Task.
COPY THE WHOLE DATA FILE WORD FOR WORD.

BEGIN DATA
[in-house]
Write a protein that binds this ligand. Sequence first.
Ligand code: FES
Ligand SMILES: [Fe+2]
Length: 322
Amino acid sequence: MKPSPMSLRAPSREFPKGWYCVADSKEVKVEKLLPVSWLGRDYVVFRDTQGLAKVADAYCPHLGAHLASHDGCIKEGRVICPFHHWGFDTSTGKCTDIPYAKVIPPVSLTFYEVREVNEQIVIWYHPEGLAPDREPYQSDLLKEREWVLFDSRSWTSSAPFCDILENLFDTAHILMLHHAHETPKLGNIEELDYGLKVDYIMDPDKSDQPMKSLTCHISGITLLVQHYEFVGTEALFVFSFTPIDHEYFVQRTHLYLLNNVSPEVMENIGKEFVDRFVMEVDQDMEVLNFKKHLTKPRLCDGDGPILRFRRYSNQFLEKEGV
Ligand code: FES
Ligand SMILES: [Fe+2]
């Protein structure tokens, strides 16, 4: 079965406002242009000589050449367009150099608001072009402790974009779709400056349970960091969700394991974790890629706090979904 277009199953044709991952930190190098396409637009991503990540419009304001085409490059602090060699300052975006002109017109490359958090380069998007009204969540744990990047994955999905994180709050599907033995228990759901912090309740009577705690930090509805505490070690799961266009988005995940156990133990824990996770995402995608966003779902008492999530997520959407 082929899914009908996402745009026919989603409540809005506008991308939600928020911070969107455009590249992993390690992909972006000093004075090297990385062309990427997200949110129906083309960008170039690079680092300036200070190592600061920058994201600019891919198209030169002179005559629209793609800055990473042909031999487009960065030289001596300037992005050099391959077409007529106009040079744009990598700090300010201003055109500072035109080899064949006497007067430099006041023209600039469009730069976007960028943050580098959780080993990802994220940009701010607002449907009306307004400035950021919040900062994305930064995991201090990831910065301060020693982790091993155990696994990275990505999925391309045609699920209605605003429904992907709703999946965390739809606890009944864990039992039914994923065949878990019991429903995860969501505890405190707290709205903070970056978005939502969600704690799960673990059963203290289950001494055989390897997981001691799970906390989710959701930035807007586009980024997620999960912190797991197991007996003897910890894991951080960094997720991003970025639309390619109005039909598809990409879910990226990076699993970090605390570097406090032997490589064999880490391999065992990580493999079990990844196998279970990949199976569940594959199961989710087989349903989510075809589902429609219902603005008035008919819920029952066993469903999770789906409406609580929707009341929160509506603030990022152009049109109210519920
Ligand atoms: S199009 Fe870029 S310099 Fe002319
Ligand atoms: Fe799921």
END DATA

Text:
[in-house]
Write a protein that binds this ligand. Sequence first.
Ligand code: FES
Ligand SMILES: [Fe+2]
Length: 322
Amino acid sequence: MKPSPMSLRAPSREFPKGWYCVADSKEVKVEKLLPVSWLGRDYVVFRDTQGLAKVADAYCPHLGAHLASHDGCIKEGRVICPFHHWGFDTSTGKCTDIPYAKVIPPVSLTFYEVREVNEQIVIWYHPEGLAPDREPYQSDLLKEREWVLFDSRSWTSSAPFCDILENLFDTAHILMLHHAHETPKLGNIEELDYGLKVDYIMDPDKSDQPMKSLTCHISGITLLVQHYEFVGTEALFVFSFTPIDHEYFVQRTHLYLLNNVSPEVMENIGKEFVDRFVMEVDQDMEVLNFKKHLTKPRLCDGDGPILRFRRYSNQFLEKEGV
Ligand code: FES
Ligand SMILES: [Fe+2]
């Protein structure tokens, strides 16, 4: 079965406002242009000589050449367009150099608001072009402790974009779709400056349970960091969700394991974790890629706090979904 277009199953044709991952930190190098396409637009991503990540419009304001085409490059602090060699300052975006002109017109490359958090380069998007009204969540744990990047994955999905994180709050599907033995228990759901912090309740009577705690930090509805505490070690799961266009988005995940156990133990824990996770995402995608966003779902008492999530997520959407 082929899914009908996402745009026919989603409540809005506008991308939600928020911070969107455009590249992993390690992909972006000093004075090297990385062309990427997200949110129906083309960008170039690079680092300036200070190592600061920058994201600019891919198209030169002179005559629209793609800055990473042909031999487009960065030289001596300037992005050099391959077409007529106009040079744009990598700090300010201003055109500072035109080899064949006497007067430099006041023209600039469009730069976007960028943050580098959780080993990802994220940009701010607002449907009306307004400035950021919040900062994305930064995991201090990831910065301060020693982790091993155990696994990275990505999925391309045609699920209605605003429904992907709703999946965390739809606890009944864990039992039914994923065949878990019991429903995860969501505890405190707290709205903070970056978005939502969600704690799960673990059963203290289950001494055989390897997981001691799970906390989710959701930035807007586009980024997620999960912190797991197991007996003897910890894991951080960094997720991003970025639309390619109005039909598809990409879910990226990076699993970090605390570097406090032997490589064999880490391999065992990580493999079990990844196998279970990949199976569940594959199961989710087989349903989510075809589902429609219902603005008035008919819920029952066993469903999770789906409406609580929707009341929160509506603030990022152009049109109210519920
Ligand atoms: S199009 Fe870029 S310099 Fe002319
Ligand atoms: Fe799921």